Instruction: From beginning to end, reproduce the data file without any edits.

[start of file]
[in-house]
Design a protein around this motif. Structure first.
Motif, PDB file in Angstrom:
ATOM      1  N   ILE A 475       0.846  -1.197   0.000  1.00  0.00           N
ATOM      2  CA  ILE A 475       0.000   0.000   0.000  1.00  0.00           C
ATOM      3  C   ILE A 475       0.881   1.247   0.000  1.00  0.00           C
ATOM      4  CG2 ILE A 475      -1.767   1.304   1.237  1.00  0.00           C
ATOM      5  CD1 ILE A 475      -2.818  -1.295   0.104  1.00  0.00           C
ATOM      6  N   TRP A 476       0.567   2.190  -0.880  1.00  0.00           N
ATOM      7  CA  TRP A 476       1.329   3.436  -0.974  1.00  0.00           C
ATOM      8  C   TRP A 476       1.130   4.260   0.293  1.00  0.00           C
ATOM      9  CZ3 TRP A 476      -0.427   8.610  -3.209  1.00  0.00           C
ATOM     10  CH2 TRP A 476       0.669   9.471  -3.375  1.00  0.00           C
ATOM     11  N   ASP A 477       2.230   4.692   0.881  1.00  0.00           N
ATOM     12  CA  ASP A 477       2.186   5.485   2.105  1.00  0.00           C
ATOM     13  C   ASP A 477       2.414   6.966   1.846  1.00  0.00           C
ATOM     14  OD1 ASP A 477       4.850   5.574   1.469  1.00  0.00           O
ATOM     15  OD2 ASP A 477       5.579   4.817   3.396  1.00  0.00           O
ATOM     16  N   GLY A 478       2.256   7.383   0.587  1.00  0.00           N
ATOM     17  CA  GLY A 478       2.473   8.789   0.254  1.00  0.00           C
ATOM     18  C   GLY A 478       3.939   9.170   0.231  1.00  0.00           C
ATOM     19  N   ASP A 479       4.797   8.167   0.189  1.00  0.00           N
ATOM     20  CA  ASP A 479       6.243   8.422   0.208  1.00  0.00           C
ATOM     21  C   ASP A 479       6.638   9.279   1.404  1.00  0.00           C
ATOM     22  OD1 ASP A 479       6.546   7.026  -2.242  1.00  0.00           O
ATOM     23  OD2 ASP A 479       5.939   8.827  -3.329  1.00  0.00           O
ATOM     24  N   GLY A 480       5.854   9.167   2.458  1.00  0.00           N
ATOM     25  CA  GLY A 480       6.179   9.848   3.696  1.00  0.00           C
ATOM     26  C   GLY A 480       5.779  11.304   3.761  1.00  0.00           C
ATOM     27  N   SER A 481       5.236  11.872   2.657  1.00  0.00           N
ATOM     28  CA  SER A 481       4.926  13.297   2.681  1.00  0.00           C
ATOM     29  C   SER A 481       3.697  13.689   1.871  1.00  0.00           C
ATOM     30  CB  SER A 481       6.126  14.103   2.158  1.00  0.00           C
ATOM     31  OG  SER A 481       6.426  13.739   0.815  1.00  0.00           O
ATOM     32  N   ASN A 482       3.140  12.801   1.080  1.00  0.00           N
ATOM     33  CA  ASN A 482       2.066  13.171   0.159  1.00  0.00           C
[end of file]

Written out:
[in-house]
Design a protein around this motif. Structure first.
Motif, PDB file in Angstrom:
ATOM      1  N   ILE A 475       0.846  -1.197   0.000  1.00  0.00           N
ATOM      2  CA  ILE A 475       0.000   0.000   0.000  1.00  0.00           C
ATOM      3  C   ILE A 475       0.881   1.247   0.000  1.00  0.00           C
ATOM      4  CG2 ILE A 475      -1.767   1.304   1.237  1.00  0.00           C
ATOM      5  CD1 ILE A 475      -2.818  -1.295   0.104  1.00  0.00           C
ATOM      6  N   TRP A 476       0.567   2.190  -0.880  1.00  0.00           N
ATOM      7  CA  TRP A 476       1.329   3.436  -0.974  1.00  0.00           C
ATOM      8  C   TRP A 476       1.130   4.260   0.293  1.00  0.00           C
ATOM      9  CZ3 TRP A 476      -0.427   8.610  -3.209  1.00  0.00           C
ATOM     10  CH2 TRP A 476       0.669   9.471  -3.375  1.00  0.00           C
ATOM     11  N   ASP A 477       2.230   4.692   0.881  1.00  0.00           N
ATOM     12  CA  ASP A 477       2.186   5.485   2.105  1.00  0.00           C
ATOM     13  C   ASP A 477       2.414   6.966   1.846  1.00  0.00           C
ATOM     14  OD1 ASP A 477       4.850   5.574   1.469  1.00  0.00           O
ATOM     15  OD2 ASP A 477       5.579   4.817   3.396  1.00  0.00           O
ATOM     16  N   GLY A 478       2.256   7.383   0.587  1.00  0.00           N
ATOM     17  CA  GLY A 478       2.473   8.789   0.254  1.00  0.00           C
ATOM     18  C   GLY A 478       3.939   9.170   0.231  1.00  0.00           C
ATOM     19  N   ASP A 479       4.797   8.167   0.189  1.00  0.00           N
ATOM     20  CA  ASP A 479       6.243   8.422   0.208  1.00  0.00           C
ATOM     21  C   ASP A 479       6.638   9.279   1.404  1.00  0.00           C
ATOM     22  OD1 ASP A 479       6.546   7.026  -2.242  1.00  0.00           O
ATOM     23  OD2 ASP A 479       5.939   8.827  -3.329  1.00  0.00           O
ATOM     24  N   GLY A 480       5.854   9.167   2.458  1.00  0.00           N
ATOM     25  CA  GLY A 480       6.179   9.848   3.696  1.00  0.00           C
ATOM     26  C   GLY A 480       5.779  11.304   3.761  1.00  0.00           C
ATOM     27  N   SER A 481       5.236  11.872   2.657  1.00  0.00           N
ATOM     28  CA  SER A 481       4.926  13.297   2.681  1.00  0.00           C
ATOM     29  C   SER A 481       3.697  13.689   1.871  1.00  0.00           C
ATOM     30  CB  SER A 481       6.126  14.103   2.158  1.00  0.00           C
ATOM     31  OG  SER A 481       6.426  13.739   0.815  1.00  0.00           O
ATOM     32  N   ASN A 482       3.140  12.801   1.080  1.00  0.00           N
ATOM     33  CA  ASN A 482       2.066  13.171   0.159  1.00  0.00           C